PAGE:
When you hear the word ‘diversity’ where does your mind go? More often than not we are drawn to think of marginalized people, skin colour, minority groups or those that visually appear ‘different’. Really, the word itself has a broader meaning – diversity is essentially a range of different things or a state of variety.

My view was shifted when I had the opportunity to participate in the City of Kelowna’s public engagement for the 2040 Official Community Plan with a diverse group of residents. As the city prepares to welcome 50,000 more residents by the year 2040 we have to find a way to grow. My position is that we have to do this in a responsible, sustainable way. It must incorporate both the needs of our current and future community members, adapt to future business needs while most importantly respecting and enhancing our natural environment. There are numerous ways this can be achieved through varying scenarios however; it was the feedback of folks within my group that I found most interesting.

The path of public engagement was paved with numerous questions relating to personal views and values pertaining to how we live our lives – this ranged from work commutes, environmental concerns, housing preferences and more. Our group was comprised of long time Okanagan residents, immigrant agriculture specialists and also a couple who recently moved from Toronto. As we meandered through the maze of questions we discussed each point in detail. The insights and perspectives gained from each person expanded my own personal views of growth and the pros and cons to be considered for each.

There were a few points of view equally shared amongst everyone in our group. The first was to never lose the beauty of our natural environment both visually and sustainably. We must foster development that allows all residents to enjoy our natural surroundings and promotes sustainable lifestyle choices. Second is to be diverse and deliberate with how our communities are developed and built. Keeping in mind that based on the most recent citizen’s survey managing Kelowna’s growth and development ranked number 3 on the priority list.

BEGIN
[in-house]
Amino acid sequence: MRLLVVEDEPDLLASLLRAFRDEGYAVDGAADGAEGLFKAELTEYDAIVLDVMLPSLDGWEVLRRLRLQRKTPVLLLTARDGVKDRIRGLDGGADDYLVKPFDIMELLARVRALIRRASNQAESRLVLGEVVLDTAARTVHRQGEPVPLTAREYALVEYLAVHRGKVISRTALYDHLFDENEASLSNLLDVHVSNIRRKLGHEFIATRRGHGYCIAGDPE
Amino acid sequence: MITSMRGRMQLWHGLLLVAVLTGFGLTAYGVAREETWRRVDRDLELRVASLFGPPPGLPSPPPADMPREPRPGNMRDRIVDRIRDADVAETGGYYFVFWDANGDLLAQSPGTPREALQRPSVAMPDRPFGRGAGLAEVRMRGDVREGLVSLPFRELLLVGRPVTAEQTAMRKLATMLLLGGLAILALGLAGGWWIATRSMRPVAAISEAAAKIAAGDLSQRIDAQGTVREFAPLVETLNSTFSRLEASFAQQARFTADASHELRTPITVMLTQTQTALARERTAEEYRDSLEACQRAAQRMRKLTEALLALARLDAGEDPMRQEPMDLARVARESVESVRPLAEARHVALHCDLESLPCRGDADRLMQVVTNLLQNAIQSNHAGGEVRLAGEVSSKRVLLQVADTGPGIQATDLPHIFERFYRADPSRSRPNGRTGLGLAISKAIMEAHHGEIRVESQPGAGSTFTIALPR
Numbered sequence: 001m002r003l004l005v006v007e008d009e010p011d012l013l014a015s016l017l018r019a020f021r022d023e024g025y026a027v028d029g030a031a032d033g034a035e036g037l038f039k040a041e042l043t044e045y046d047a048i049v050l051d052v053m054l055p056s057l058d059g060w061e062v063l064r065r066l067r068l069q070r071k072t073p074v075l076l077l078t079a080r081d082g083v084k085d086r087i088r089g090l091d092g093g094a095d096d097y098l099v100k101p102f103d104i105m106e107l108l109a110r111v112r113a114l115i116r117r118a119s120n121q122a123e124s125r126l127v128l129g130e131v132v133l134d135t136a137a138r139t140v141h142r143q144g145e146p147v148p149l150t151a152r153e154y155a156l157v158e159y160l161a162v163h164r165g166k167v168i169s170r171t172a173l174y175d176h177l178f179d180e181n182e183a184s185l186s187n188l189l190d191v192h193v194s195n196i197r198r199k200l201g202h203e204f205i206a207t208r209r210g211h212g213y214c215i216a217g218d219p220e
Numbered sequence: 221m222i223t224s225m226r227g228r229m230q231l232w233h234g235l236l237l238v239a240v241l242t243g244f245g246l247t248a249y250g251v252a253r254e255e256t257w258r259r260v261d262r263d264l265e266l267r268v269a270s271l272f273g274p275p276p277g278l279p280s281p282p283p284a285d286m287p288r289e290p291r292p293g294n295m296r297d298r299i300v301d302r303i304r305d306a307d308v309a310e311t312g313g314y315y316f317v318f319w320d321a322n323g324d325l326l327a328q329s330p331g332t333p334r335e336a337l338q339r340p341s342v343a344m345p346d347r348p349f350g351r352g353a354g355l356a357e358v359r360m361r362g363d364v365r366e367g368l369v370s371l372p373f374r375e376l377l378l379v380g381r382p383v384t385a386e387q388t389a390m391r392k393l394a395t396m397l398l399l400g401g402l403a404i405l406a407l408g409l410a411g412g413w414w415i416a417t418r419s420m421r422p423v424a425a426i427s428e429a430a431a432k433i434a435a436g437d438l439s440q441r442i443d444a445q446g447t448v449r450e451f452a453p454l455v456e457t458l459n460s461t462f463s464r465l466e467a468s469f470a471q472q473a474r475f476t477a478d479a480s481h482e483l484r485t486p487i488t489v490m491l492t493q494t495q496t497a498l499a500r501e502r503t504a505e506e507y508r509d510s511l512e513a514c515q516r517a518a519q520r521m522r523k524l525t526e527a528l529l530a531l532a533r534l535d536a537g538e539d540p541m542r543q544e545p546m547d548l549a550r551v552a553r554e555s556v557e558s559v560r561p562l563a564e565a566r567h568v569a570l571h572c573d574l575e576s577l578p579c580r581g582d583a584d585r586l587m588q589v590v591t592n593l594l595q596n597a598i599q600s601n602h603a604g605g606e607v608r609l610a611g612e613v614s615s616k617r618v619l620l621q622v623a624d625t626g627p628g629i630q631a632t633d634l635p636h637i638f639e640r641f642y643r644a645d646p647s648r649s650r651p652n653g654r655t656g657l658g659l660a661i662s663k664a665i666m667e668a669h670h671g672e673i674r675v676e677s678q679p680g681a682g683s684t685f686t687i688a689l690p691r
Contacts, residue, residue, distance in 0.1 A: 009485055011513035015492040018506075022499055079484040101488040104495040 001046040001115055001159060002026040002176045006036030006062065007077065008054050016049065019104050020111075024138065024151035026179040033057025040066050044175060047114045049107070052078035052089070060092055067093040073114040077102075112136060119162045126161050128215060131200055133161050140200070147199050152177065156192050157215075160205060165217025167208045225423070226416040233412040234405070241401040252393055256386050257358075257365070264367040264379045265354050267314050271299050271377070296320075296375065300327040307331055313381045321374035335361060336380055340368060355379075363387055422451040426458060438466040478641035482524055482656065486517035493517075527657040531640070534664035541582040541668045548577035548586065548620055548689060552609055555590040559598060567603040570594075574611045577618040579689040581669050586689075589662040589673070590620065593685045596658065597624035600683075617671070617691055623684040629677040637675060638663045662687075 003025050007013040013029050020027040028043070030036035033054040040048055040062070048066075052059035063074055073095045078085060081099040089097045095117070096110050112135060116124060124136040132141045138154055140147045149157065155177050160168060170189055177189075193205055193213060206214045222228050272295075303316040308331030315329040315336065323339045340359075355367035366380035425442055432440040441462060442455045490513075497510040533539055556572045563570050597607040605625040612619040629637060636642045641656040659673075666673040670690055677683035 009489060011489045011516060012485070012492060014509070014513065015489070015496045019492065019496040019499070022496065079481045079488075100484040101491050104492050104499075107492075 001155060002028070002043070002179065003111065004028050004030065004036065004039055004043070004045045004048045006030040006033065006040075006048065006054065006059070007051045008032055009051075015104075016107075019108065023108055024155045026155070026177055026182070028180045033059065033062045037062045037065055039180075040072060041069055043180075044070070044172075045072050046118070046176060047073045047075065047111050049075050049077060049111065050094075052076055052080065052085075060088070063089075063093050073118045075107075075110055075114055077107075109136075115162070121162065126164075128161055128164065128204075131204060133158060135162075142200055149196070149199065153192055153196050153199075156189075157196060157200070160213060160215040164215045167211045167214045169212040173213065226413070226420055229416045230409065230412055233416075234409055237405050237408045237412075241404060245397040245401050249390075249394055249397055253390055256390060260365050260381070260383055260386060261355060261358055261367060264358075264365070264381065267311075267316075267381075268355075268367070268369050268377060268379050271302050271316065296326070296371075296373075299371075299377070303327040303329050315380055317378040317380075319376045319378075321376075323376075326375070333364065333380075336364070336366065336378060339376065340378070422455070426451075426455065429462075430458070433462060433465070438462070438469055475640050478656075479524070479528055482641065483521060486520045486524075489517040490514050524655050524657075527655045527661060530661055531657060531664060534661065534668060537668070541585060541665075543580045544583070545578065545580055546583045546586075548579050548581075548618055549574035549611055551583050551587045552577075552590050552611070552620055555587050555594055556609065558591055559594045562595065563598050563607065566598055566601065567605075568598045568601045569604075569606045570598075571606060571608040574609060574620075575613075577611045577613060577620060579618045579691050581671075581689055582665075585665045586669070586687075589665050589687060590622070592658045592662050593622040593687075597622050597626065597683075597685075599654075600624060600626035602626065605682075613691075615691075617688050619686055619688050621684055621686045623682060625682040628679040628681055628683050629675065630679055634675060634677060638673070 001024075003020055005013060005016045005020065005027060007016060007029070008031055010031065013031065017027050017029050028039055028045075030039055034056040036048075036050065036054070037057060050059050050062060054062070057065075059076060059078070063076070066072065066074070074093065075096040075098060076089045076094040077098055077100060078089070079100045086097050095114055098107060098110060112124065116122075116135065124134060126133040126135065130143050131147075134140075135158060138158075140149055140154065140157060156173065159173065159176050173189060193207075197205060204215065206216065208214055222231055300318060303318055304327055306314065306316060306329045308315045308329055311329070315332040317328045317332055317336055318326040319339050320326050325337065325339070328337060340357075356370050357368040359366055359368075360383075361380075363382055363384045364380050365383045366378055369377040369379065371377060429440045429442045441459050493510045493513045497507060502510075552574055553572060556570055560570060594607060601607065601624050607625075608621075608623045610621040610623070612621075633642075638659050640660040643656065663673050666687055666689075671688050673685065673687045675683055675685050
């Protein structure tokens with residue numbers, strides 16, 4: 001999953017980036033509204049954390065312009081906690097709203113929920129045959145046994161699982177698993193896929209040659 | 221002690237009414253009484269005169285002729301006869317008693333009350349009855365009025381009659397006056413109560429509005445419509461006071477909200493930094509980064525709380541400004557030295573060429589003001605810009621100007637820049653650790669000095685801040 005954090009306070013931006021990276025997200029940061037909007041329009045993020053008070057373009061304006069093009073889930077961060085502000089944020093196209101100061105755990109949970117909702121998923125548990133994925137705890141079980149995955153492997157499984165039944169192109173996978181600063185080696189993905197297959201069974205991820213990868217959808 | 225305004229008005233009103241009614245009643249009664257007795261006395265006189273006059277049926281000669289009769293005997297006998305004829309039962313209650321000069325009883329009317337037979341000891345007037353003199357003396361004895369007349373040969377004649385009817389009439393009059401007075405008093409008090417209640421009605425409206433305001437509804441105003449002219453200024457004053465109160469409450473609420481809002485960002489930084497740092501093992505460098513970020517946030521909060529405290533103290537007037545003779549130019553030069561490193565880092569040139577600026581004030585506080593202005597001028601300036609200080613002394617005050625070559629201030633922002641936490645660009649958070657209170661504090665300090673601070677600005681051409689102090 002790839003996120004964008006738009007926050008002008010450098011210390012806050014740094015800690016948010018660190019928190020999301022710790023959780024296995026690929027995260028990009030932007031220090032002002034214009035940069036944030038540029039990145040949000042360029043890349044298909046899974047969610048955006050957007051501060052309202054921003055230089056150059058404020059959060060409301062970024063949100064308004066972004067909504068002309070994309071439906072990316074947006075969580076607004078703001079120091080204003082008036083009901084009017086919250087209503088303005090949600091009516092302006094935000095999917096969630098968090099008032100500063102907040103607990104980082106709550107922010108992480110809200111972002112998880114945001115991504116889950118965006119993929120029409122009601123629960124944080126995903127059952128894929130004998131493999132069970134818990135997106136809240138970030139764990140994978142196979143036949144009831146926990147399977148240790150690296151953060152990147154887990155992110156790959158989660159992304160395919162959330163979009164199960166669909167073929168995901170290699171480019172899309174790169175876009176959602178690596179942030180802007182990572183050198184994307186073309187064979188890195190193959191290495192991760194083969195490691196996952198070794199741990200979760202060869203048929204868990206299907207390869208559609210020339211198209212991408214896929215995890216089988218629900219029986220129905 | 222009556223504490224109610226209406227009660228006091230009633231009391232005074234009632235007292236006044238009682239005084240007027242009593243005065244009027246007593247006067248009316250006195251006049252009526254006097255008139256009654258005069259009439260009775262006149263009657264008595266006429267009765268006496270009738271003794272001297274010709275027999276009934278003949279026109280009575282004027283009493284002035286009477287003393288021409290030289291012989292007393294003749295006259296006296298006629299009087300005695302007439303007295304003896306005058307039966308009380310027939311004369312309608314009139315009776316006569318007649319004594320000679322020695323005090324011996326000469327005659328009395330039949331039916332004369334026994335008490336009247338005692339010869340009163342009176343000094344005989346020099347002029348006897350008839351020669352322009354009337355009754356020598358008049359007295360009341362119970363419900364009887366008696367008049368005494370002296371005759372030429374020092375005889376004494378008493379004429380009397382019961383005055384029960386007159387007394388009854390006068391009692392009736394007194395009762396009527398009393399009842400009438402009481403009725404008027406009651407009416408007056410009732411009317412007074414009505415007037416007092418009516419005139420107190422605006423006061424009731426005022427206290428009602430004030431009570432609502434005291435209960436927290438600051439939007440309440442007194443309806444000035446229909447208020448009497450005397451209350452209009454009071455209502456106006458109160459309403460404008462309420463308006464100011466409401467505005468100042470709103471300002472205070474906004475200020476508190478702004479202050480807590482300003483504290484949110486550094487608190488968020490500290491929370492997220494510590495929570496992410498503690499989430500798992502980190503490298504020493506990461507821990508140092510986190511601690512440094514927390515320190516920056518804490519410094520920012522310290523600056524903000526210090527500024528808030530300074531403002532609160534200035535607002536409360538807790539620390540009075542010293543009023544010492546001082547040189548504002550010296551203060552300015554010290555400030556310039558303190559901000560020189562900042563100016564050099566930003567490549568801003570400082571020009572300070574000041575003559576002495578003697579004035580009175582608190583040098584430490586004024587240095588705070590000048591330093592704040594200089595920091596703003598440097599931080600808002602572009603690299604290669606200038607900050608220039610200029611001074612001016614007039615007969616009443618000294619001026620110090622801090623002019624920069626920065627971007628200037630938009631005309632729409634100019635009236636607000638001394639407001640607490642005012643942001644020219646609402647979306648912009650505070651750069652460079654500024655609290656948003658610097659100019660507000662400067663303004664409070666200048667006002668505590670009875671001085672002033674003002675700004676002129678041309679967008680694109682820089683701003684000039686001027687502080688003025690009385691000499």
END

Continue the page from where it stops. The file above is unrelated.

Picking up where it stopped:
Some of the conversation got quite heated, as some expressed their steadfast views on what they like and didn’t like in terms of living conditions based on past experience. To me, these varying views are a demonstration of a shared passion for wanting to live in and maintain one of Canada’s gems – our community.

The best part of my journey during campaign season is the learning and reflection that is gained from every meeting that I have. There isn’t one answer to any situation that is the ‘fix all’ and we know that it is virtually impossible to make everyone happy. So much of this particular experience was led by each participant’s gut feeling – which is essentially what best suits their lives.

Diversity doesn’t just encompass skin colour or culture. Complete diversity also incorporates different mindsets and values. Simply put, one new-comer, Caucasian man from Vancouver and one long-time, Caucasian man from Kelowna can bring varying mindsets and values that can be diverse in outcomes. It demonstrates that there are so many possible solutions we can examine.

Sustainability and diversity go hand in hand – any city that is open to diversity will also be sustainable. What I’ve learned is that through diversity as a whole, we have the ability to accept new ideas and mindsets that, when integrated together, have the ability to achieve sustainability.